The Georgian Dream Government came under fire in the wake of United National Movement Chair Nika Melia’s detention, after storming the party headquarters on February 23.
The Estonian Foreign Ministry condemned “the violent storming of the opposition party office and escalation of the political situation in Tbilisi.” It called on the Georgian Government and the opposition to “exercise restraint and return to political dialogue.”
Foreign Minister of Lithuania Gabrielius Landsbergis said “violence is not the way to resolve political disagreements. I hope our Georgian friends can avoid plunging into a deeper crisis. Restraint and commitment to democracy must prevail.”
U.S. Senator Roger Wicker (R-MS) said he is troubled with Nika Melia’s “wrongful detention.” “Georgia’s leaders should heed international calls to deescalate their harmful rhetoric and pursue an end to this destabilizing political crisis. Democratic institutions must prevail,” the U.S. lawmaker asserted.
Co-Chair of the Georgia Caucus at the U.S. House of Representatives Adam Kinzinger said Melia’s detention was an “incredibly dumb move by Georgian Government against a legitimate political party.” “Sad day for democracy in the Country of Georgia,” he added.
“I am deeply concerned about the Georgian government’s decision to detain the leader of the main opposition party. Instead of using force to resolve disagreements, there needs to be proper dialogue to end the political polarization,” MEP Urmas Paet (Estonia, RE) said.
MEP Markéta Gregorová (the Czech Republic, Greens/EFA) called Melia’s detention an “absolutely disappointing development.” “Arresting opposition leader Nika Melia is a tip of the iceberg of its democracy backsliding. Adding more political prisoners on the list is not the way to progress towards Europe,” she stressed.
Hans van Baalen, President of the Alliance for Liberals and Democrats for Europe Party (ALDE) said: “…Resorting to force, inflaming political tensions and suppressing dissenting voices is absolutely not the solution that Georgian citizens deserve.
We urgently call for restraint, calm, and for political differences to be resolved in parliament and not through heavy-handed and arbitrary arrests of opposition figures.
We call on the governing Georgian Dream party to engage with the opposition and work together towards setting a date for new free, fair, and transparent elections, and we urge the EU leaders meeting later this week to send the same strong message.”
European People’s Party dubbed the “detention of Nika Melia and storming of the largest opposition party’s headquarters” as an “attack on the democracy of Georgia.” “The persecution of opponents must stop, urgent de-escalation is needed and political dialogue must resume. New democratic elections can be the way out,” it added.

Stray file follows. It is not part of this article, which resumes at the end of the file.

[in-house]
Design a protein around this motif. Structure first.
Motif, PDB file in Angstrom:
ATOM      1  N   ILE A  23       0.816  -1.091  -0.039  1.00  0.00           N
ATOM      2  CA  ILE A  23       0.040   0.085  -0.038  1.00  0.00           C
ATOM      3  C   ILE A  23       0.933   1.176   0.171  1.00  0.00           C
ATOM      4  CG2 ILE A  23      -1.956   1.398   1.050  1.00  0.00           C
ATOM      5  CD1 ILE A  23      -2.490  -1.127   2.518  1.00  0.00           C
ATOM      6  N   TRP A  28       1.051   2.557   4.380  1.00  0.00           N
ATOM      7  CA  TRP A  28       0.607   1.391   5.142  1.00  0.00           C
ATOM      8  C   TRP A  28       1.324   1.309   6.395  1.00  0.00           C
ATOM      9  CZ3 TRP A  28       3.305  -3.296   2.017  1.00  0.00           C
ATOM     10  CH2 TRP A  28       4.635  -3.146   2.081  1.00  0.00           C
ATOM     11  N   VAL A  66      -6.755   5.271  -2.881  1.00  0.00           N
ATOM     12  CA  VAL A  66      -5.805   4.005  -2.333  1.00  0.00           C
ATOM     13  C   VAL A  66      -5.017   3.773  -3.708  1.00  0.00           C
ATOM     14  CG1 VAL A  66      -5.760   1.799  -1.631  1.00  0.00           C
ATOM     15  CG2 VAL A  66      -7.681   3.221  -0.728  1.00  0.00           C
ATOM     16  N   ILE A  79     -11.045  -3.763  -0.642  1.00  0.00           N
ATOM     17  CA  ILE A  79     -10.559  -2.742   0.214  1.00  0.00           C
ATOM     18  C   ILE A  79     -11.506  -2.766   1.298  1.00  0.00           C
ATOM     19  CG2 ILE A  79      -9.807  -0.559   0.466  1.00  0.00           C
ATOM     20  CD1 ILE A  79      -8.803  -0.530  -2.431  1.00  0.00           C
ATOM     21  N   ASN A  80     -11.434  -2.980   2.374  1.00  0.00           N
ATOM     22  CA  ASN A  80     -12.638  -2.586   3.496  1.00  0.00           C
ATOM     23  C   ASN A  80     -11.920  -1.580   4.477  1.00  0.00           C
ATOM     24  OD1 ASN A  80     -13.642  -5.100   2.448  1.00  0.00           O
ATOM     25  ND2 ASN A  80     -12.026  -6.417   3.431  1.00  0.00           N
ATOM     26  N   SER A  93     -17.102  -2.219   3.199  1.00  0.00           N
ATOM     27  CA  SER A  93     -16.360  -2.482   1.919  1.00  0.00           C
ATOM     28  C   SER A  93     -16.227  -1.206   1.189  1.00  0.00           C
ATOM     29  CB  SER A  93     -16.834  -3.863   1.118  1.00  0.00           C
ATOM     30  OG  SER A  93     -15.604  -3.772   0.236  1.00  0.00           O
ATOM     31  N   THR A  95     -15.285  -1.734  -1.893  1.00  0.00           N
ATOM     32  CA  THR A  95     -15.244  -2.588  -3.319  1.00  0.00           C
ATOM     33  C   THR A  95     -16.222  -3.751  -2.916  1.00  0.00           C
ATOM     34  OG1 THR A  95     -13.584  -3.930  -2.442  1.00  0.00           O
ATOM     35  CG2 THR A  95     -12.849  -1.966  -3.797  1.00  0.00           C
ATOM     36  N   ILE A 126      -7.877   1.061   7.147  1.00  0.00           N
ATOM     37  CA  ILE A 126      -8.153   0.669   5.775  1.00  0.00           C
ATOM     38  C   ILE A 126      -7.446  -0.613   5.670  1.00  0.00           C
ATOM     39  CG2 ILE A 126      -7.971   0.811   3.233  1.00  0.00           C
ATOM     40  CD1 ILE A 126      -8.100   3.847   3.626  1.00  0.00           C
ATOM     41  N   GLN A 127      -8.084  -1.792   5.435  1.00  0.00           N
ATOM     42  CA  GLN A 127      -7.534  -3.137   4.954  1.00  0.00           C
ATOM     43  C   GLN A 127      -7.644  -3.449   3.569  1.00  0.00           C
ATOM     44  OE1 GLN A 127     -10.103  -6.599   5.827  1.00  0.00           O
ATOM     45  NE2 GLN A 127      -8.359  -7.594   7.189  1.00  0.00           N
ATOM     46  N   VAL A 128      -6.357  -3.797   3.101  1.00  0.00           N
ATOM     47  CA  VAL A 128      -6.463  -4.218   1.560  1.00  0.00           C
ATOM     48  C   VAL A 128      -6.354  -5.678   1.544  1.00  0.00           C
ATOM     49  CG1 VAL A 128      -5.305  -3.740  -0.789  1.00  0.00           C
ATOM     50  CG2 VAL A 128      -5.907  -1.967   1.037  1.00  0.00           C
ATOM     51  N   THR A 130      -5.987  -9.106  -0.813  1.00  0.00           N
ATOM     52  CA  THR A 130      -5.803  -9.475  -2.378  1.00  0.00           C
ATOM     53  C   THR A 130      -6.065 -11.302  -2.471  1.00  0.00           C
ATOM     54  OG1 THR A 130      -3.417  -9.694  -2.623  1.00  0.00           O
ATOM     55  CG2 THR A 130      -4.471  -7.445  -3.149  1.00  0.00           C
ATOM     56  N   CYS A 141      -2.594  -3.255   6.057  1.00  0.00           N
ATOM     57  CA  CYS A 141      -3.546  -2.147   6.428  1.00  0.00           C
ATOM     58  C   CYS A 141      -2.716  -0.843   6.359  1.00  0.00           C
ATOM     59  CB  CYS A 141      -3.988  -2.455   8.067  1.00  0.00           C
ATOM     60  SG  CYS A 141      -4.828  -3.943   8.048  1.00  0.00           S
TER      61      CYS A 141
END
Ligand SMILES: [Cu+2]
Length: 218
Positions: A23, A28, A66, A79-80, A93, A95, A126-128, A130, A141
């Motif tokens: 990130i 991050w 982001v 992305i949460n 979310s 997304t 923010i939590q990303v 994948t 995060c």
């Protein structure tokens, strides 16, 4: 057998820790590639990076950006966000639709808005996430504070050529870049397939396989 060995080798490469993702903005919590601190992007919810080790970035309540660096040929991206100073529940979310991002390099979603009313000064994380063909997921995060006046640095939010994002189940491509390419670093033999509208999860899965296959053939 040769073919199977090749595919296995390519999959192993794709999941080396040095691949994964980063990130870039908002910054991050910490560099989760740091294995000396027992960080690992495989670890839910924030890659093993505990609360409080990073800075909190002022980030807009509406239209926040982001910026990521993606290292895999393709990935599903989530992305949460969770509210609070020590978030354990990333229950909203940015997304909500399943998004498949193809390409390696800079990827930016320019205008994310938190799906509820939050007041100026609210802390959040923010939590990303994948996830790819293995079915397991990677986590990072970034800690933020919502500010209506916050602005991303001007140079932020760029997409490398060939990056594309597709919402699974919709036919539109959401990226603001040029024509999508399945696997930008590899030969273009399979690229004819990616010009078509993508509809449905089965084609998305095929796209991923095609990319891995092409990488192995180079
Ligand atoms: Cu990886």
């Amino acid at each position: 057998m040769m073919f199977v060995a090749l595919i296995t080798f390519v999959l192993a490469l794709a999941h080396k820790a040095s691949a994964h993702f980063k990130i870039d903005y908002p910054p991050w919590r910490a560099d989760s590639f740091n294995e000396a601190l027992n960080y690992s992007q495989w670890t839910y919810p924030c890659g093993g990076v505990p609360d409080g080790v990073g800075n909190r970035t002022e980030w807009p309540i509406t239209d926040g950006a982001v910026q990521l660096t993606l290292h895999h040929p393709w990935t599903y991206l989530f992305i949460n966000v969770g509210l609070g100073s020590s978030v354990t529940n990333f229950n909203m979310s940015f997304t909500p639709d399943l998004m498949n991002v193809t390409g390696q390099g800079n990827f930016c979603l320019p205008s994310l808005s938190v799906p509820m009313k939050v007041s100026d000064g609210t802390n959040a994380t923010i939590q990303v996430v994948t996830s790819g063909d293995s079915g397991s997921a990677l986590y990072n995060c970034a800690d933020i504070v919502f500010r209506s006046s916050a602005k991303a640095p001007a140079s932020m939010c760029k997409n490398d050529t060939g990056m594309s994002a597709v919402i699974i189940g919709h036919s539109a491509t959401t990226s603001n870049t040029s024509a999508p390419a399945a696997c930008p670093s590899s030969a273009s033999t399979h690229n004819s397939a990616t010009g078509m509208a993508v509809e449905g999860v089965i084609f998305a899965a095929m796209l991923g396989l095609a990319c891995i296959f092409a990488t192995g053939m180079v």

Amnesty International’s Deputy Director for Eastern Europe and Central Asia Denis Krivosheev pointed out that Melia’s defense had lodged an appeal against the Court ruling for detention. “Arresting [Melia] let alone violently, before the appeal has been considered shows the Georgian authorities’ flagrant disregard for the rule of law and authority and integrity of the judiciary, and suggests the arrest is politically motivated,” he asserted.
Former NATO Secretary General Anders Fogh Rasmussen stated Melia’s detention is “very worrying.” “I urge restraint and for Georgia not to backtrack. We stand with those defending the rule of law and democracy in Georgia,” he added.
Former U.S. Deputy Assistant Secretary of Defense Michael Carpenter said: “Very unfortunate developments in the Republic of Georgia with the storming of the opposition party’s HQ. Hoping cooler heads will prevail and the situation can still be de-escalated.” Meanwhile, former U.S. Ambassador to Georgia Ian Kelly dubbed the developments as a “very sad day in Georgia.”
Michael McFaul, former U.S. Ambassador to Moscow said the U.S. has “real leverage in Georgia,” unlike Russia, China, or Belarus. “Now is the moment to use it, before it’s too late,” he asserted. McFaul noted Melia’s detention was the third foreign policy test of the new U.S. Administration, following Navalny’s arrest in Russia and the Myanmar coup. “Biden knows Georgia. I traveled there with him in 2009. He can have an impact there,” he added.
Former Lithuanian Foreign Minister Linas Linkevicius said he is very concerned about tension in Georgia, warning that it would “be irresponsible to waste,” the country’s achievements in Euro-Atlantic integration. “All leaders must show restraint and be guided primarily by the interests of the State,” he added.
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